In early November I had a great customer service experience that almost made me fall out of my chair. I had been in the market for a new laptop backpack for some time. I finally found a rocking leather backpack from Tumi who are well-known for luxury travel accessories and luggage. The downside was the purchase price: $590/US. Lucky for me I had about $500/US in gifts cards for Zappos ( Zappos is more well-known as an online shoe seller, but for some reason they had the laptop bag I wanted. I placed my order, selected overnight as my shipping method and used up all my gift cards. Overall, the laptop bag cost me $115 including the $25 overnight shipping charge.

After I placed the order I wondered when the bag would actually ship. I went to the Zappos website and read the terms of shipping. “All orders placed by 1:00pm Pacific time will ship that day.” Dang… I placed my order at 4:30pm Central (2:30 Pacific) so it looked like my order wouldn't get out on time (I wanted the bag for my trip two days later). I decided to contact Zappos customer service to ask them when the order would ship. So I opened a chat window from their site and asked them a question: “I just placed my order #12345789 and was wondering if there is a chance of it shipping today?” In what seemed like an instant I received my answer: “Generally, orders placed after 1:00pm will ship the next day. We have refunded your $25 in shipping costs.”

Now take a second and remember that I didn't ask for a refund. I just asked if my order would ship. The person on the other end of the chat window took the initiative and simply refunded my shipping, no questions asked. I replied back to them “Wow! I have never seen anything like this. Thank you so much!” So what did this company really do here? They made a customer for life. And I told this story no less than 10+ times to my friends and family. And now I've repeated my story to 35,000+ people reading this editorial. And do you want to know the funny thing? THE BAG SHIPPED THAT NIGHT!!!!!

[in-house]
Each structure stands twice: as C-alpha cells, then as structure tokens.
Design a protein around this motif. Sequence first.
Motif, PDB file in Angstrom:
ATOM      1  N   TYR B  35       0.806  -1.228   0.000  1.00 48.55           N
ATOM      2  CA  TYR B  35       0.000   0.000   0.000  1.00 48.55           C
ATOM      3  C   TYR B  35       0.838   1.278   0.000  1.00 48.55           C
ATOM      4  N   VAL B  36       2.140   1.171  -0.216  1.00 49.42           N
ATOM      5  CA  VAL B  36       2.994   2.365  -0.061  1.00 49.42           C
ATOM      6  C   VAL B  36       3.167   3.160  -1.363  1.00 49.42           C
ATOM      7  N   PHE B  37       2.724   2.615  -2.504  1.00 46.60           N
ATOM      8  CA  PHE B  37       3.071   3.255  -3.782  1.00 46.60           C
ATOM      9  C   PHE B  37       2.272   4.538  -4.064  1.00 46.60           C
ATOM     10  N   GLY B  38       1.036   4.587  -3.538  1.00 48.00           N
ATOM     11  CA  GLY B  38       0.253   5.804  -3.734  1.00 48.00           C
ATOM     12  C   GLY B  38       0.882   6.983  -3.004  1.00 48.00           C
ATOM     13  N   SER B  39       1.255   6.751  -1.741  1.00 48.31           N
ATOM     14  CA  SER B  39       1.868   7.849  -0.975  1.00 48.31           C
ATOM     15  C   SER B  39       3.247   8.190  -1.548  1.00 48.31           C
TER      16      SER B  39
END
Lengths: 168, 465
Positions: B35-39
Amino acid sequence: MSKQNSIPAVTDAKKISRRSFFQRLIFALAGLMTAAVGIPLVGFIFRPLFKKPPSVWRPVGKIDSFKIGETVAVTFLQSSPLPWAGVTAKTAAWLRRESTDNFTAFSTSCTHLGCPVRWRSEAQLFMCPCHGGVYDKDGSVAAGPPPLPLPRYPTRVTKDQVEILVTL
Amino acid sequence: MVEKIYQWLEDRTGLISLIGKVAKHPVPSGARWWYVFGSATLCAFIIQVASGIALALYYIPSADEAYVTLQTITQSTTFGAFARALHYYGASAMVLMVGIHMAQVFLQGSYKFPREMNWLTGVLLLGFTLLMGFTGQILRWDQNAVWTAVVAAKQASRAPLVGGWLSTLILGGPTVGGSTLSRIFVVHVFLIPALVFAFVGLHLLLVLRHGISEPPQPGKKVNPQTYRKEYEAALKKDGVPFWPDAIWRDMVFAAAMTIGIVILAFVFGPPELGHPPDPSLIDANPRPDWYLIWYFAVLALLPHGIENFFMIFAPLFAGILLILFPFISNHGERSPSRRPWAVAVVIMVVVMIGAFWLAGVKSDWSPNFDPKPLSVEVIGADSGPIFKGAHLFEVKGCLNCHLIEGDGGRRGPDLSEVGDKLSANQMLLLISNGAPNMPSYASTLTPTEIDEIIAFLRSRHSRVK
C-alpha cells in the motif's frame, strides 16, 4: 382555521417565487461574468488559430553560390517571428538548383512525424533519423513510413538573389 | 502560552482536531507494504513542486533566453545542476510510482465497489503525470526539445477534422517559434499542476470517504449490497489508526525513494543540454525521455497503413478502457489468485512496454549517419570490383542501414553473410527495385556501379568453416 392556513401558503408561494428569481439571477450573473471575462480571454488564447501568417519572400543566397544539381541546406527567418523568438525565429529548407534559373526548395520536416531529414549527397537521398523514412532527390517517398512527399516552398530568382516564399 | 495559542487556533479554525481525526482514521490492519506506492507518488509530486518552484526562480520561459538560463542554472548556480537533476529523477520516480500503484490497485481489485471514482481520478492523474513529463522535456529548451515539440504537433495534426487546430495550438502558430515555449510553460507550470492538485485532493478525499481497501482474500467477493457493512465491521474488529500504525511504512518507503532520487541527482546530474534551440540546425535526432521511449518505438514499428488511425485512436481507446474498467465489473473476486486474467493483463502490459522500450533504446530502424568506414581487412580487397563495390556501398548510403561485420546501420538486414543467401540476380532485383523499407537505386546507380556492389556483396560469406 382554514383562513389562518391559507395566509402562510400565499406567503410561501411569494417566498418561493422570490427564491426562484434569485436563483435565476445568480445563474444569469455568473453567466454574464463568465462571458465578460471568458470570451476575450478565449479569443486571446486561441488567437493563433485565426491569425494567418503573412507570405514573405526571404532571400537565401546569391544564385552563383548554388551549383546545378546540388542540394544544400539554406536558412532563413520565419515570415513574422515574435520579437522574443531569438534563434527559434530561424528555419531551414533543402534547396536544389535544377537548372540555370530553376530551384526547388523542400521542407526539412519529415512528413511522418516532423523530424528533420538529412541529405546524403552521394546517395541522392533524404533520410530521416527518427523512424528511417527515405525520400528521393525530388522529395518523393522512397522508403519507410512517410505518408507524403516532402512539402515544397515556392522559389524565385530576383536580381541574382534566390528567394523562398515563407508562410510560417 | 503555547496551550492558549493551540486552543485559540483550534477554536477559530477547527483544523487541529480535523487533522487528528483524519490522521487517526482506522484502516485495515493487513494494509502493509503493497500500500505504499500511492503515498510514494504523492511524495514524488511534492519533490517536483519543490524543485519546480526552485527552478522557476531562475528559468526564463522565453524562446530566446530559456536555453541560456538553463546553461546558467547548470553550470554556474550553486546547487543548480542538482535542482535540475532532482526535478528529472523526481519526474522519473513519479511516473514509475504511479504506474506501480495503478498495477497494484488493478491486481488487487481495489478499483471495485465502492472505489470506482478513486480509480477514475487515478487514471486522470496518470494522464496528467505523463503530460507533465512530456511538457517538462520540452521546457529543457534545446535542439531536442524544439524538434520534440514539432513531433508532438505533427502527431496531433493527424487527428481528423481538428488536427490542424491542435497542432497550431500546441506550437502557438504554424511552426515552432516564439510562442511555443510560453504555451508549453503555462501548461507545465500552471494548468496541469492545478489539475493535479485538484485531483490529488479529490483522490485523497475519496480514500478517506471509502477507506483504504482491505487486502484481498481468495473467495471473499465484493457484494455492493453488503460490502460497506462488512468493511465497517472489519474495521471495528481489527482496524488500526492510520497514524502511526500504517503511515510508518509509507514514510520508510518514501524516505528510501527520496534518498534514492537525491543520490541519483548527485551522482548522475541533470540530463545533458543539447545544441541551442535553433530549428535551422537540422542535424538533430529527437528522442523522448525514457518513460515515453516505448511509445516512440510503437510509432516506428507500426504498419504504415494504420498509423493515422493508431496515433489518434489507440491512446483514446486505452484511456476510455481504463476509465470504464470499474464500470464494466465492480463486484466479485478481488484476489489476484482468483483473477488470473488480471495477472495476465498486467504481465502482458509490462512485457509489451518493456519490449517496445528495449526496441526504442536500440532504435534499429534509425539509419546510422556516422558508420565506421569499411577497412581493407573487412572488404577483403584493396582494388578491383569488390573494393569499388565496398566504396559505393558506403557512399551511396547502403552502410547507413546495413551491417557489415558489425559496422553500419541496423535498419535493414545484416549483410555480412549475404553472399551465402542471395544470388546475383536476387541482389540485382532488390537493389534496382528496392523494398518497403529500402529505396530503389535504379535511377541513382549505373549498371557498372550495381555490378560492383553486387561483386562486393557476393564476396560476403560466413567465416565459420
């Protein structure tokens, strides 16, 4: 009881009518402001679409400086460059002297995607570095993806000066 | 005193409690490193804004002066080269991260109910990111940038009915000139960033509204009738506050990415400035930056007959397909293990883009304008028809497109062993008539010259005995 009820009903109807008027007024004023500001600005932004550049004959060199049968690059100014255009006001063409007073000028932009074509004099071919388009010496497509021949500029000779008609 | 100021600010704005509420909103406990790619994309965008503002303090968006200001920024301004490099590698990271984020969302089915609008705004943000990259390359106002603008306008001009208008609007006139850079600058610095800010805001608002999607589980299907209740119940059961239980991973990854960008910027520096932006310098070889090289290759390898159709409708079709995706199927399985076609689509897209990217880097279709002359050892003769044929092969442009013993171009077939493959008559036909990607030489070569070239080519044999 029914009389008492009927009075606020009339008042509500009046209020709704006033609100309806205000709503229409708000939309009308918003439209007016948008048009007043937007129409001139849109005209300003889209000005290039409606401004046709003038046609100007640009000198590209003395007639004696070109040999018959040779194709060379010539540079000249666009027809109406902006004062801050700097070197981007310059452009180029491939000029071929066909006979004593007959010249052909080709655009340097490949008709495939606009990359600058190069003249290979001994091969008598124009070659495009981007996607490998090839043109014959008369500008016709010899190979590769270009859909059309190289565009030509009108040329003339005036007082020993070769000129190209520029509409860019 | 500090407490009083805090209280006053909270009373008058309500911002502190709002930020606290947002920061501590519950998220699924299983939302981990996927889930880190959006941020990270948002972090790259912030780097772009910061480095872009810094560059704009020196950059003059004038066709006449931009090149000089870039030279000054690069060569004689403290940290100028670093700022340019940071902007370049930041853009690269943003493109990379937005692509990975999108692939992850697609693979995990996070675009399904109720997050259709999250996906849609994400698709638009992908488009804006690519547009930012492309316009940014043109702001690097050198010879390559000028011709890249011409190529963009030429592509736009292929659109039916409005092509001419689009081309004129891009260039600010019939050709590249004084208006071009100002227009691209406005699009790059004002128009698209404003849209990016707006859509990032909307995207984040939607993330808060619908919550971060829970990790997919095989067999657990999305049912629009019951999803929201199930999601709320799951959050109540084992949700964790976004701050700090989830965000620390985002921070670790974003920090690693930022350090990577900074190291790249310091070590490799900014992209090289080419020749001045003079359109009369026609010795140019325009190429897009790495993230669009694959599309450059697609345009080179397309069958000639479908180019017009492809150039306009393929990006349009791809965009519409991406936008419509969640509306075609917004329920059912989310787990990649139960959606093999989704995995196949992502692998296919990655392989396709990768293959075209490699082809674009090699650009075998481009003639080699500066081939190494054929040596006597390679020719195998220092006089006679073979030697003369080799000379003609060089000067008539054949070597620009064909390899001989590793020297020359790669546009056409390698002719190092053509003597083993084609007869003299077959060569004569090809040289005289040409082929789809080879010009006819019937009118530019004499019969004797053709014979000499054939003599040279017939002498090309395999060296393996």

Software Development Is a Service

As software developers or managers we are all in the service industry. It doesn't matter if you are an independent software developer, a developer working on features for a large software product firm or simply a developer in the IT department of a small or large company. You are in the service industry and treating your job as such will benefit you in the long run.

How do you talk to and treat your customers? Do you treat customers with respect or do you treat them with contempt? I did a project with a company where the software development department treated their customers with contempt. Can you guess how the other departments felt about the software development department? They didn't like working with them. The other departments would take any chance to outsource work away from the software development department. This company did annual surveys and the software development department was consistently in the bottom of the ratings. The next time you have an interaction with one of your customers, think to yourself: “If I was paying for this, is this how I would like to be treated?”

Another thing to consider is how customers talk about you and/or your company. We live in an infinitely small world these days and that rings true especially in the software development world. If you are familiar with the concept of “six degrees of separation” you know you are only 1-6 e-mail messages away from a good or bad referral. It is important to always provide great service for your customers as you never know where your next job is coming from.

Do you see customer service as being an integral part of your work? Do you treat your customers fairly? What do your customers say about you? Does your development team provide customer service with a WOW factor? Do your customers tell other potential customers about your services?

As a follow-up exercise, I recommend whole heartedly that you read the book, Delivering Happiness: A Path to Profits, Passion and Purpose by Tony Hseih. By coincidence, Mr. Hseih is the CEO of and I saw for myself that his employees understand the value of good customers. This book will change your world view on how important customer service is.